You can find further information about the Covid-19 Jobs Support Loans here
Loan Guarantee Scheme
Small businesses with a turnover of less than $50 million per annum will be eligible to receive a guarantee from the Australian Government for new unsecured loans to be used for working capital.
The following terms will apply:
- Maximum total size of loans is $250,000 per borrower.
- The loans will be up to three years, with an initial six month repayment holiday.
- The loans will be in the form of unsecured finance, meaning that borrowers will not have to provide an asset as security for the loan.
The Australian Government is also providing an exemption from responsible lending obligations for lenders providing credit to existing small business customers to enable small businesses to access credit quickly and efficiently.
For more information please click here
Temporary relief for financially distressed businesses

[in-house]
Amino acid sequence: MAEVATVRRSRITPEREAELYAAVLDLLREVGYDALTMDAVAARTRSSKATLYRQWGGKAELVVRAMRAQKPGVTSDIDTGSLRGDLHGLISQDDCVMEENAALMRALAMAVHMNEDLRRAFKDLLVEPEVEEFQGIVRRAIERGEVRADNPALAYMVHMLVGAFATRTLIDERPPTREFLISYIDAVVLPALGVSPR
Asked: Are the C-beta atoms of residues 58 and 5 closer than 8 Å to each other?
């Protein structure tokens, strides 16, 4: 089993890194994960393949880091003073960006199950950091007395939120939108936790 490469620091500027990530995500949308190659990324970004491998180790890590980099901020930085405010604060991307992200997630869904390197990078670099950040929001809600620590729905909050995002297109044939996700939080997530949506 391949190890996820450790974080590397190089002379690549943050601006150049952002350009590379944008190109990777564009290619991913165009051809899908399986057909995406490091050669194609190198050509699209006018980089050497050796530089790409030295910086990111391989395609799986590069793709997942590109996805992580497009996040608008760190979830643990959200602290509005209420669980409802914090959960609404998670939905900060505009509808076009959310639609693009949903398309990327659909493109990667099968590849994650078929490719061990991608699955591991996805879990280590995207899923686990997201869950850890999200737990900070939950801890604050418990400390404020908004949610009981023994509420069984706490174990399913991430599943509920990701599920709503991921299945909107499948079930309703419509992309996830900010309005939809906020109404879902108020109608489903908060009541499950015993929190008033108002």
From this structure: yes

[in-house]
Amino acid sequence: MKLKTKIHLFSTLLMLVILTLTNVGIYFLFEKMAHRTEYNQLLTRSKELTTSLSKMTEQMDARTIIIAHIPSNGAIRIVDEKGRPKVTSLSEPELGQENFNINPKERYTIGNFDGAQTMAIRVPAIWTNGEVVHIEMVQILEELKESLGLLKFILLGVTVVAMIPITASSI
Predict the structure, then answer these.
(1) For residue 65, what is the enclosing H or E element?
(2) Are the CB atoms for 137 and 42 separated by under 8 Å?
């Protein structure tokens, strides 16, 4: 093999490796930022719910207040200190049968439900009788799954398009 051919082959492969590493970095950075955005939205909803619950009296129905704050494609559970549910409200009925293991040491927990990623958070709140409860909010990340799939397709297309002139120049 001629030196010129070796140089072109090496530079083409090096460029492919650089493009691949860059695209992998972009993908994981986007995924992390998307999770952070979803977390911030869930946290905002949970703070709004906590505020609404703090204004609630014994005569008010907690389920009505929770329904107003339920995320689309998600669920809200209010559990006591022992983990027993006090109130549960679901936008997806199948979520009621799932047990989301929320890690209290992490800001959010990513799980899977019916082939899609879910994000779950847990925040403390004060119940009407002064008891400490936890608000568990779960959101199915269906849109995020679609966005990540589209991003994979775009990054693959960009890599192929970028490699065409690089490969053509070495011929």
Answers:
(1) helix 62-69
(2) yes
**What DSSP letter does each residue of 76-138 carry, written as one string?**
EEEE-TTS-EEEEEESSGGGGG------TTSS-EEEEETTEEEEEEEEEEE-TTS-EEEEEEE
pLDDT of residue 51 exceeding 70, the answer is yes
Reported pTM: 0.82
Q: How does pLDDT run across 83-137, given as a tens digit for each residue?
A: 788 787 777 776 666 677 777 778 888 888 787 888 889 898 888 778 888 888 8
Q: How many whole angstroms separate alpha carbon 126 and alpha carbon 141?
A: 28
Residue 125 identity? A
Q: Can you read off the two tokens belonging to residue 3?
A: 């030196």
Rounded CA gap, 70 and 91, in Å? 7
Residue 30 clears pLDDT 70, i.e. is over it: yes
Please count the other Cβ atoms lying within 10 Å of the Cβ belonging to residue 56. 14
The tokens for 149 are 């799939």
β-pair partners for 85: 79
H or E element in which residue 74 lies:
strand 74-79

A creditor issuing a statutory demand on a company is a common way for a company to enter liquidation.
The Australian Government is temporarily increasing the current minimum threshold for creditors issuing a statutory demand on a company from $2,000 to $20,000. This will apply for six months.
The statutory timeframe for a company to respond to a statutory demand will be increased from 21 days to 6 months. This will give a debtor more time to consider repayment arrangements before they could be forced into bankruptcy.
Trading while insolvent
Directors are personally liable if a company trades while insolvent.
During the coronavirus health crisis, directors will be temporarily relieved of their duty to prevent insolvent trading with respect to any debts incurred in the ordinary course of the company’s business for six months.